AccountQuotaSet

An AccountQuotaSet defines a set of AccountQuotas which are managed by the AccountQuotaSet. It is comparable to a StatefulSet which creates and manages Pods in a Kubernetes namespace. An AccountQuotaSet consists of an accountLabelSelector and a template for an AccountQuota. For each Account that is selected by the AccountQuota, the AccountQuotaSet creates a new AccountQuota for the selected Account.



Custom Resources & Resource Groups

When installing kiosk in a Kubernetes cluster, these components will be added to the cluster:

  • CRDs for Account, AccountQuota, AccountQuotaSet, Template, TemplateInstance
  • Controller for kiosk Custom Resources (runs inside the cluster)
  • API Server Extension (runs inside the cluster similar to the Controller)

kiosk Data Structure

kiosk adds two groups of resources to extend the Standard API Groups of Kubernetes:

  1. Custom Resources: config.kiosk.sh
    Custom Resource Definitions (CRDs) for configuring kiosk. These resources are persisted in etcd just like any other Kubernetes resources and are managed by an operator which runs inside the cluster.

    Show List of Custom Resources
    • config.kiosk.sh/Account
    • config.kiosk.sh/AccountQuota
    • config.kiosk.sh/AccountQuotaSet (soon)
    • config.kiosk.sh/Template
    • config.kiosk.sh/TemplateInstance

  2. API Extension: tenancy.kiosk.sh
    Virtual resources which are accessible via an API Server Extension and will not be persisted in etcd. These resources are similar to views in a relational database. The benefit of providing these resources instead of only using CRDs is that we can calculate access permissions dynamically for every request. That means that it does not only allow to list, edit and manage Spaces (which map 1-to-1 to Namespaces), it also allows to show a different set of Spaces for different Account Users depending on the Accounts they are associated with or in other words: this circumvents the current limitation of Kubernetes to show filtered lists of cluster-scoped resources based on access rights.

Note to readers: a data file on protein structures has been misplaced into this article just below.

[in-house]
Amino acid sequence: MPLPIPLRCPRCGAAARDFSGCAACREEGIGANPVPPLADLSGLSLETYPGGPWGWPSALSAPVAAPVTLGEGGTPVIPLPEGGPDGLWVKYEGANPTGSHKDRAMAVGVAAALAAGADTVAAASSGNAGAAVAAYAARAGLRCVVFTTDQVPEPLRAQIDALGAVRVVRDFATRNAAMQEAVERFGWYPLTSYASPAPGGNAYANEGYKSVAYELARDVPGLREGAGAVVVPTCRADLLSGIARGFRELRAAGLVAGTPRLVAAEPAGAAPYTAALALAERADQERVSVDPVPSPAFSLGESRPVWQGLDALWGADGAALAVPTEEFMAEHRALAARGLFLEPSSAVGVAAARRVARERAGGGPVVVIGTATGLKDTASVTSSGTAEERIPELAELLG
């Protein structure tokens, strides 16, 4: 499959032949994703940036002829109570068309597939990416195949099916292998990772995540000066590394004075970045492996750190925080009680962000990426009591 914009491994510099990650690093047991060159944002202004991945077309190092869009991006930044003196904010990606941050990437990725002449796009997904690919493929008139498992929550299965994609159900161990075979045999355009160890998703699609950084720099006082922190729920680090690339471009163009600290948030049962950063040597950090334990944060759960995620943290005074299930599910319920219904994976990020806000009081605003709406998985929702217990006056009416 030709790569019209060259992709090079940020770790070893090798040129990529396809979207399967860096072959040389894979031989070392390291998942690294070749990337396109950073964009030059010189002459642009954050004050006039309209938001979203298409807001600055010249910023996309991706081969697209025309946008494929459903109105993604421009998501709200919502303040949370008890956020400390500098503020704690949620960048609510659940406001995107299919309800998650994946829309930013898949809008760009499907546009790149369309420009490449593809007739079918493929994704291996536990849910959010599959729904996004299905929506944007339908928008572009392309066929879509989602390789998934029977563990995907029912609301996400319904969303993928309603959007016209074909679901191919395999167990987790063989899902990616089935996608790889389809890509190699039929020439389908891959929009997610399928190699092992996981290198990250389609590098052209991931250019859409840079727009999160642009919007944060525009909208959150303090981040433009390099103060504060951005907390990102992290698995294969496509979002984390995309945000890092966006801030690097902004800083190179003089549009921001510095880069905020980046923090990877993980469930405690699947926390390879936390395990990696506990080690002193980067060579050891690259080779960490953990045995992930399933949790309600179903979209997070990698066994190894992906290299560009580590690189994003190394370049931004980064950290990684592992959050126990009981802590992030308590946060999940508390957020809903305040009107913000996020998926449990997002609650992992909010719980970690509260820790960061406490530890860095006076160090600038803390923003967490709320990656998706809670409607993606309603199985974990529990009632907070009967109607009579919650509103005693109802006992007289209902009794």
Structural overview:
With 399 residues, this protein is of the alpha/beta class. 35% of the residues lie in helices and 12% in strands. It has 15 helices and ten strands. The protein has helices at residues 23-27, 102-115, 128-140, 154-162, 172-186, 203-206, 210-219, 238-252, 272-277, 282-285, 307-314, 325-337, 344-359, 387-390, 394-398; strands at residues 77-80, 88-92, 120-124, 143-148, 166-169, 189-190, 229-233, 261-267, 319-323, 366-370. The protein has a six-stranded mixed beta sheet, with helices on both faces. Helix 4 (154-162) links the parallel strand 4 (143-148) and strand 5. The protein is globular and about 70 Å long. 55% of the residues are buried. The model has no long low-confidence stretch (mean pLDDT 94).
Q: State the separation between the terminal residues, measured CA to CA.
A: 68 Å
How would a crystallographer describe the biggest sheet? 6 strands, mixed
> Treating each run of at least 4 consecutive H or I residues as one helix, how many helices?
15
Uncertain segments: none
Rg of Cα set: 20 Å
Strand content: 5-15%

Show List of API Extension Resources
    • tenancy.kiosk.sh/Account
    • tenancy.kiosk.sh/AccountQuota
    • tenancy.kiosk.sh/Space
    • tenancy.kiosk.sh/TemplateInstance


Getting Started

0. Requirements

0.1. CLI Tools


0.2. Kubernetes Cluster

kiosk supports Kubernetes version: v1.14 and higher. Use kubectl version to determine the Server Version of your cluster. While this getting started guide should work with most Kubernetes clusters out-of-the-box, there are certain things to consider for the following types of clusters:

Docker Desktop Kubernetes

All ServiceAccounts have cluster-admin role by default, which means that emulating users with ServiceAccounts is not a good idea. Use impersonation instead.


Digital Ocean Kubernetes (DOKS)

All users in DOKS have cluster-admin role by default which means that when using impersonation, every user will have admin access. To see kiosk-based multi-tenancy in action, create ServiceAccounts to emulate different users.


Google Kubernetes Engine (GKE)

Your kube-context will by default not have cluster-admin role. Run the following command to get your google email address and to make your user cluster admin:

# GKE: make yourself admin
GKE_USER=$(gcloud config get-value account)
kubectl create clusterrolebinding cluster-admin-binding --clusterrole cluster-admin --user $GKE_USER


0.3. Admin Context

You need a kube-context with admin rights.

If running all the following commands returns yes, you are most likely admin:

kubectl auth can-i "*" "*" --all-namespaces
kubectl auth can-i "*" namespace
kubectl auth can-i "*" clusterrole
kubectl auth can-i "*" crd

0.4. Cert-Manager v0.12

kiosk needs cert-manager. You can install it into your cluster using helm v3:

# Install cert-manager with helm v3